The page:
There is a distressing lack of reflection behind these comments. What do we find when we hold them up to the words of Jesus and see how they compare?
There are three things Jesus said that I think are worth considering, as we evaluate the prevailing attitude toward guns and our willingness to use them on enemies perceived and real.
1. “That’s enough!”
In defending Falwell’s remarks, some have appealed to Luke 22:36, where Jesus tells his disciples to buy a sword. The argument put forward is that these swords were intended for self-defense; therefore Jesus must have been OK with his followers using lethal force in at least some cases.
The problem is, this view doesn’t hold up in view of the larger context:
Jesus made it clear why he told the disciples to buy a sword: to fulfill a prophecy in Isaiah 53, a passage predicting the Messiah would be falsely associated with evildoers, despite committing “no violence.” How can a call to arms fulfill a prophecy about a Messiah who doesn’t fight? Answer: it doesn’t because this is not a call to arms. Jesus is drawing a contrast between the kind of Messiah the world expects—not to mention the kind many of us seem to expect—and the kind of Messiah that God gave us.
The disciples respond by telling Jesus they already have two swords—which, according to Jesus, is enough. If the intent was insurrection or self-defense, how are two swords among twelve people supposed to be enough? Answer: they’re not, because they were never meant to be used for violence.
Zack Hunt raises another important point: if Jesus really intended for his disciples to carry (and possibly use) swords, “Why there is no mention anywhere in the New Testament of anyone in the early Church carrying a weapon with them into any of the dangerous situations they found themselves in?” And why is there no criticism in the New Testament for their apparent failure to take Jesus’ words at face value? Answer: because that’s not how Jesus meant for them to take his words.
Jesus’ response to the disciples that night—“That’s enough!”—is emphatic. It’s a rebuke. Even after three years with Jesus, his disciples still don’t get it.
Apparently, neither do we.
If the context of Luke 22:36 doesn’t make it clear that Jesus is not endorsing violence, then the next thing he says about swords ought to.
2. “Put your sword back in its place.”
Later in the garden of Gethsemane, Jesus rebukes Peter for defending him with a sword… likely one of the same swords that was presented to him earlier that evening.
Jesus does not simply condemn violence on this occasion—as if there were a temporary cessation of the normal rules permitting violence while he allowed himself to be crucified. Jesus denounces the futility of all violence everywhere:
“All who draw the sword will die by the sword.”
This is nothing new. This is what he’s been saying his entire ministry. In Luke 13, when he’s told some insurgent Galileans have been slaughtered by the Roman governor, he warns: “Unless you repent, you too will all perish.”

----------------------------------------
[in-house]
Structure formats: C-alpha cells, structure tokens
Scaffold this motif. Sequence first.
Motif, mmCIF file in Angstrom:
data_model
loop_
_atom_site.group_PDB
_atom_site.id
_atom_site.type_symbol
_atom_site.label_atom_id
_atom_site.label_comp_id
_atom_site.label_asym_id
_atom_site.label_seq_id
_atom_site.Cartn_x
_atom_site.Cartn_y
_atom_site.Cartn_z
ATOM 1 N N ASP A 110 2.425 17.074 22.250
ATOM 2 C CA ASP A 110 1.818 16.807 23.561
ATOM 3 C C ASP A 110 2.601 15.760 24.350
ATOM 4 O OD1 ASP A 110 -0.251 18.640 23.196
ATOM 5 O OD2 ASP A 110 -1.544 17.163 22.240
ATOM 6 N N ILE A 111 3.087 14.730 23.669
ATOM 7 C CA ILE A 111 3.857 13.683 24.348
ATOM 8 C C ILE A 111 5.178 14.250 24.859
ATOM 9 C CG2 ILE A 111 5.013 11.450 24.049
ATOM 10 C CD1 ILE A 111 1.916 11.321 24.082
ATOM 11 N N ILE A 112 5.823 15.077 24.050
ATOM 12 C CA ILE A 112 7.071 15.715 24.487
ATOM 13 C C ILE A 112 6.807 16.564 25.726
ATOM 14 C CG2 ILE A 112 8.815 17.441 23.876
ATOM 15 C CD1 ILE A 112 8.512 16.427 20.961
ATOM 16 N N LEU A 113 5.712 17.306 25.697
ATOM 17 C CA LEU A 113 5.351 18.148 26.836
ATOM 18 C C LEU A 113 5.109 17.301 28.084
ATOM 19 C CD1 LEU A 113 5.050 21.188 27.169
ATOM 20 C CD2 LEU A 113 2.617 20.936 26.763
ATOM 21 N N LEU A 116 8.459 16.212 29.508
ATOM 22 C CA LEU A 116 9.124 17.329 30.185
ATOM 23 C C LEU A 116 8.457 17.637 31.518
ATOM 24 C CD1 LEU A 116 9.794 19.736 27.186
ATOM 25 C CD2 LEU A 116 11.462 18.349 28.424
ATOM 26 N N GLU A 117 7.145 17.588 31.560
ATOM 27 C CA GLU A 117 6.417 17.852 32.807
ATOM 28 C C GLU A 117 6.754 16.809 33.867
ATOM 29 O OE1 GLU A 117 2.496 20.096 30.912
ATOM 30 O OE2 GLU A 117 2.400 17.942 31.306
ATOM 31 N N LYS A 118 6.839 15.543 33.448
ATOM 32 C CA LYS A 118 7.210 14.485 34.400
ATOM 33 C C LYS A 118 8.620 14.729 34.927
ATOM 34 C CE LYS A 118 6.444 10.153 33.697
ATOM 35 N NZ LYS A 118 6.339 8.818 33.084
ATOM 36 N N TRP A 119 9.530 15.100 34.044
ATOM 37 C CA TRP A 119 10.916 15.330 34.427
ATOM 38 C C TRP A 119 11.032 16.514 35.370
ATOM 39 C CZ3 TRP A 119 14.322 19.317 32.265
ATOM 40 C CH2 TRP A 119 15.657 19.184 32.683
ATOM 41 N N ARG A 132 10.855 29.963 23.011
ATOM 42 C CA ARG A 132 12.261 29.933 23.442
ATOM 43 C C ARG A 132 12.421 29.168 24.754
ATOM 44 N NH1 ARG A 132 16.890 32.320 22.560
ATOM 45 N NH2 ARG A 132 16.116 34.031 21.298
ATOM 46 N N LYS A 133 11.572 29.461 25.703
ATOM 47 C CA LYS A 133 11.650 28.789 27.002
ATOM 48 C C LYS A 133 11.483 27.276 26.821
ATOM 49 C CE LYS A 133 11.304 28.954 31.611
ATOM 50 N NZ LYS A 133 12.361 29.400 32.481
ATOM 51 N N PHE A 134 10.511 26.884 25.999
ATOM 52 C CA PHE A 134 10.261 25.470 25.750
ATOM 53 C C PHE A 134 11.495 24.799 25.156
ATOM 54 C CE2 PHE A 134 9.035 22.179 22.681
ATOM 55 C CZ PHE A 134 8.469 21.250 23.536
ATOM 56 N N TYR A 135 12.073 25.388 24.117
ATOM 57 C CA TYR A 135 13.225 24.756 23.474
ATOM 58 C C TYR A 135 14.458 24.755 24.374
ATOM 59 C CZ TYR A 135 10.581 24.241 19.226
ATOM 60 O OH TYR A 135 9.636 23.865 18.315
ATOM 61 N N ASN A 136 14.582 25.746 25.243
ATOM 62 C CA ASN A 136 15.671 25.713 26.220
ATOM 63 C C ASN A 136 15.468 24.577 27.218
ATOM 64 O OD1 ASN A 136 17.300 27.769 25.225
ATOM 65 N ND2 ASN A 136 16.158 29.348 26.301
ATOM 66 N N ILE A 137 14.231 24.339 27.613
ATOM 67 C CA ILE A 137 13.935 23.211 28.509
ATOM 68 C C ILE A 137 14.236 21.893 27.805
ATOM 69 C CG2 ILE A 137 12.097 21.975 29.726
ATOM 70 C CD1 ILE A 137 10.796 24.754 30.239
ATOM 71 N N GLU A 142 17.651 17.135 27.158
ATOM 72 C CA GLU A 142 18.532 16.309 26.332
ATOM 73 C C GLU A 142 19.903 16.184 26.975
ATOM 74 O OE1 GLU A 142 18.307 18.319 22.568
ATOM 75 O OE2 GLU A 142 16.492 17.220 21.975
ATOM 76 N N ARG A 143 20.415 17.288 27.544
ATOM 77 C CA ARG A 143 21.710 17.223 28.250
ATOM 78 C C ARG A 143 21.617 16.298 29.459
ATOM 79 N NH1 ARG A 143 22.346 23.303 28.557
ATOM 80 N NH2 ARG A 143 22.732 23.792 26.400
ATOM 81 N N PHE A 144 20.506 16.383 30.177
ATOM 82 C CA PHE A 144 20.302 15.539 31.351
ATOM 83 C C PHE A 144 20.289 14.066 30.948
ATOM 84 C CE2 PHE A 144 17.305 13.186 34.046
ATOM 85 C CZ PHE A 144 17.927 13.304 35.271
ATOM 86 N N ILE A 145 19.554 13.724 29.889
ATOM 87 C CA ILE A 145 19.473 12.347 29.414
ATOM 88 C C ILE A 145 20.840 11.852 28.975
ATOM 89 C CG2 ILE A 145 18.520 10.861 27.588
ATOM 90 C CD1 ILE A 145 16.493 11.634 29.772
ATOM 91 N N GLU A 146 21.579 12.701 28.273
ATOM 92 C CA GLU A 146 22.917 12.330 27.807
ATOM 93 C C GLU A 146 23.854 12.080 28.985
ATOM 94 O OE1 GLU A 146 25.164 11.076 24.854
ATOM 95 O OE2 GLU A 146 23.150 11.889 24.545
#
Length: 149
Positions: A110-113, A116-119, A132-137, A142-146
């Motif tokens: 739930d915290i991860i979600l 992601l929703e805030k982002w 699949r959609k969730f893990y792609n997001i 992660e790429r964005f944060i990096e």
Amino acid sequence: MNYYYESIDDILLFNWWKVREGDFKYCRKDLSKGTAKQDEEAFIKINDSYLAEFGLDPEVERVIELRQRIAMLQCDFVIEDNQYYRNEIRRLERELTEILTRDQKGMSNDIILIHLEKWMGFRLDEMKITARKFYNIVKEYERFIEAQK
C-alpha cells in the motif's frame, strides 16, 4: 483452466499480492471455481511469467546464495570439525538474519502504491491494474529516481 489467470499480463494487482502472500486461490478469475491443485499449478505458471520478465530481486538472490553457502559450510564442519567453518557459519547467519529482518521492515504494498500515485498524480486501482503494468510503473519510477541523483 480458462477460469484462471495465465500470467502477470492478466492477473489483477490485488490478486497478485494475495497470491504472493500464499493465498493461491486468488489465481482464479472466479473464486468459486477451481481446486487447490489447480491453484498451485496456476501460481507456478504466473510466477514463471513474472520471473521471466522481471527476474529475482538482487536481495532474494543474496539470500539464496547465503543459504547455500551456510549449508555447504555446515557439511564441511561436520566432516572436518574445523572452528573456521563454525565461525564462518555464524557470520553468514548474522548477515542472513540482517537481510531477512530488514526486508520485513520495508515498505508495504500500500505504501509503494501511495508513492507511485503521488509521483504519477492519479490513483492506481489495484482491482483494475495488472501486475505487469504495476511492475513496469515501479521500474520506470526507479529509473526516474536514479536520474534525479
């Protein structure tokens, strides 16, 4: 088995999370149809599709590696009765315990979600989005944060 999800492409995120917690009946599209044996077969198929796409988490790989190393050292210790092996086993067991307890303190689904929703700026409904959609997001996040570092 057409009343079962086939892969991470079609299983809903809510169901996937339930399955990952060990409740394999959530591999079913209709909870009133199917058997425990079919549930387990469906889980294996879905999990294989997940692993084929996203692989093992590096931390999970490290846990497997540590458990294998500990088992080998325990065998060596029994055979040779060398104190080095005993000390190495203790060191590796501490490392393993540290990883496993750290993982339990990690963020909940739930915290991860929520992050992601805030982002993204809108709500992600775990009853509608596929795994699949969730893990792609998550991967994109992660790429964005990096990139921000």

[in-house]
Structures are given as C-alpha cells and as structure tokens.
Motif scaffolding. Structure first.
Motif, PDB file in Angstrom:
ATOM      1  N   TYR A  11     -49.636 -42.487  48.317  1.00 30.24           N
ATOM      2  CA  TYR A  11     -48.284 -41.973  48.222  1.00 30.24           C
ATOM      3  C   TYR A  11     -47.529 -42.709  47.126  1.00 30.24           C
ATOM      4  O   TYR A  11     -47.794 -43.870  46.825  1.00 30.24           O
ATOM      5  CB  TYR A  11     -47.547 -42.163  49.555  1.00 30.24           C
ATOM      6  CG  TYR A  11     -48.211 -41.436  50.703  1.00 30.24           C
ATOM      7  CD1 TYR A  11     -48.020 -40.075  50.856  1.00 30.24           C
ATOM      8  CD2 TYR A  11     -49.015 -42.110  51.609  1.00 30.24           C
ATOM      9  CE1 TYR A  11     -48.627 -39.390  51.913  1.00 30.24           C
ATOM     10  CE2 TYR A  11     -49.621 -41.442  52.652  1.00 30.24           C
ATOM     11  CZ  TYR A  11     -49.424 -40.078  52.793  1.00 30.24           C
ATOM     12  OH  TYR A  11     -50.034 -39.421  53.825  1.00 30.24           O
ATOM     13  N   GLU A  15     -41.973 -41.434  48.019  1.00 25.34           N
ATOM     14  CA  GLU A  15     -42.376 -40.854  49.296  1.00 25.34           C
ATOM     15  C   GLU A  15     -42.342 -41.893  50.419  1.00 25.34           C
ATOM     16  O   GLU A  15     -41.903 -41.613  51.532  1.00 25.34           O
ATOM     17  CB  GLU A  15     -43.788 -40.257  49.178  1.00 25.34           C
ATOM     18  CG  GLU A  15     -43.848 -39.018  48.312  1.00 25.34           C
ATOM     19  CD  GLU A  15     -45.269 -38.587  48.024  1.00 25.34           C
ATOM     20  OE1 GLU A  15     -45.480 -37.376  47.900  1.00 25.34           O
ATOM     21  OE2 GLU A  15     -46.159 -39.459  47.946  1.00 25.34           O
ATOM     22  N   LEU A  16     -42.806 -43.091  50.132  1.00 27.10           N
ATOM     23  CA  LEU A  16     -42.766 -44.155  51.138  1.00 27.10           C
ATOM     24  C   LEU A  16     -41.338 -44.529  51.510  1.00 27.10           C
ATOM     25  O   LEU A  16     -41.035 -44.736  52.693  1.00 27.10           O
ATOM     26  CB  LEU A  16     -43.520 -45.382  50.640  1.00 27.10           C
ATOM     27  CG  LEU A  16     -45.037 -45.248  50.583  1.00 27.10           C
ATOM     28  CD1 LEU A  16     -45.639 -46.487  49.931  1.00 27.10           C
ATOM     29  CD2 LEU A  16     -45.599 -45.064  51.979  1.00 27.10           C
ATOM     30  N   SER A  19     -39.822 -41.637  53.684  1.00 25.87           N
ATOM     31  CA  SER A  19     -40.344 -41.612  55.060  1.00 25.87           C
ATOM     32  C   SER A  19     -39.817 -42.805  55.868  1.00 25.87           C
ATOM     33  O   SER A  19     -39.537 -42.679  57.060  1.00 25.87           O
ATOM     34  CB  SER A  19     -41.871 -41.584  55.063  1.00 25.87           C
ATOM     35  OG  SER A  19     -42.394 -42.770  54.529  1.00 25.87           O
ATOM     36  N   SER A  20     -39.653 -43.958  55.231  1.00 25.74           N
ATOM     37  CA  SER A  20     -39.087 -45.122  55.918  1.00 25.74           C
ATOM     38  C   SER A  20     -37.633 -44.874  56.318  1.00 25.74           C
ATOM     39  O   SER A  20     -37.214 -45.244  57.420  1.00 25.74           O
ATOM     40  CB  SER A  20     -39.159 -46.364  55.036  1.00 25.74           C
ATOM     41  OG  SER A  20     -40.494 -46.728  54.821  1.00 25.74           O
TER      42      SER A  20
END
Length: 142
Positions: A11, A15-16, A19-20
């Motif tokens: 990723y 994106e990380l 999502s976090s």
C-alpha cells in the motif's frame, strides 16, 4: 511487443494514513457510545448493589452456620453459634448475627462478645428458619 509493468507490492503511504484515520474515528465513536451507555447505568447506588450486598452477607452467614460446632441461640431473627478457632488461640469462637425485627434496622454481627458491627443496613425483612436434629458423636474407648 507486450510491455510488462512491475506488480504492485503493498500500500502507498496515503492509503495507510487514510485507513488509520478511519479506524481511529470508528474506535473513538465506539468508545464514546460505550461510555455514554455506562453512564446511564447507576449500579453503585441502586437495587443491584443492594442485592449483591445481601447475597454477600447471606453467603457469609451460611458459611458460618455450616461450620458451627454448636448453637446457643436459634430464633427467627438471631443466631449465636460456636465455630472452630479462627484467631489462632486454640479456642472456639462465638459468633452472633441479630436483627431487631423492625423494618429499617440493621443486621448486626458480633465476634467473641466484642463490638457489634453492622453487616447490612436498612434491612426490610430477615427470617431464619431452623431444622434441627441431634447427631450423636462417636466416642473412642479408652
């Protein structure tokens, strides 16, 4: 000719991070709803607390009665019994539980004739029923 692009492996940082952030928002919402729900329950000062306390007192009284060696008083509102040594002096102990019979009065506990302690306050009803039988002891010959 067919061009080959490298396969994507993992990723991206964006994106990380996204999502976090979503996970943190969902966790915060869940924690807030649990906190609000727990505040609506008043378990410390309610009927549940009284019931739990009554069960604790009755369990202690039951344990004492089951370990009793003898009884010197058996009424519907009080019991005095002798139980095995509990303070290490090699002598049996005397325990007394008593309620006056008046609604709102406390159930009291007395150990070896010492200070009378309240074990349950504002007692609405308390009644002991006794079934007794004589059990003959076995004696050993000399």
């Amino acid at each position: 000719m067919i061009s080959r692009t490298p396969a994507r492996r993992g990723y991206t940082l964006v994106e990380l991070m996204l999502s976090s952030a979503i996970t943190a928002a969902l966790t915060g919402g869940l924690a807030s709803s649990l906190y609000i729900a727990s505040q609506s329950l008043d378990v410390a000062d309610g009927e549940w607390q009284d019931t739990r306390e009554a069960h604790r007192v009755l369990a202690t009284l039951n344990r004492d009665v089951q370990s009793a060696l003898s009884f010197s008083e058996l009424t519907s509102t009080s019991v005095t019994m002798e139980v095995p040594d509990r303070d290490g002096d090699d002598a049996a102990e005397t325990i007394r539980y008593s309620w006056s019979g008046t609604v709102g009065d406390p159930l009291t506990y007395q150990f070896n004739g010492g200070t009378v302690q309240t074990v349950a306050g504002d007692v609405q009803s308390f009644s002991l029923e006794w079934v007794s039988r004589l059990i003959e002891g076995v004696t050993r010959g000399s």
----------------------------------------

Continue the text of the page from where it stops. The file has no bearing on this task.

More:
He’s not talking in generalities. He’s not talking about “perish” as in eternal destiny. Jesus is saying, “If you don’t repent of your bloodlust—if you don’t renounce the urge to fight violence with violence—you will meet the same end as your Galilean compatriots.”
All who draw the sword.
Back in Gethsemane, as Jesus is led away, he asks what ought to be a simple question: “Am I leading a violent uprising, that you have come out with swords and clubs?”
The obvious answer is no. The questions we should ask are:
What does it look like to walk in the footsteps of a Messiah who refused to fight?
What does it mean to be imitators of Christ when people come at us with swords and clubs? Or when we’re afraid they might do so?
3. “My kingdom is not of this world.”
I had a t-shirt with this phrase on it when I was a kid. I thought it meant we weren’t supposed to behave like the rest of world: we don’t listen to the same music, watch the same movies, or have sex the way the world does.
The truth is, being a Christian does mean being different from the rest of the world. But the stakes are much, much higher than that.
Jesus spoke these words to Pilate, the Roman governor—the same governor who slaughtered those independence-minded Galileans. Pilate was trying to get at whether Jesus imagined himself a king—and therefore, whether he was a threat to Rome.
“My kingdom is not of this world,” Jesus replied. Hardly the most reassuring answer he could have given, under the circumstances. But what makes his kingdom “not of this world”? The fact that his followers don’t take up arms.
“If it were, my servants would fight to prevent my arrest.”
What Falwell’s words—and the support for them—reveal is that we really don’t want to do things God’s way. We don’t really like his plan for the world. We don’t care for his blueprint for the kingdom.
What it shows is that we don’t trust Jesus enough to take him at his word. We don’t think all those things he said about enemy love actually work.
Most of all, it shows we don’t want to walk the path Jesus walked—a path that leads to a cross. But as my friend Tim Gombis writes, there is no other path for us to walk:
The cross is not a personal and private matter between me and God. The cross determines everything for God’s people. It claims our bodies, our communities, our loves and longings, and secures an eternal future for those who cling to it.
The kingdom God envisions comes by way of the cross, not through the barrel of a gun.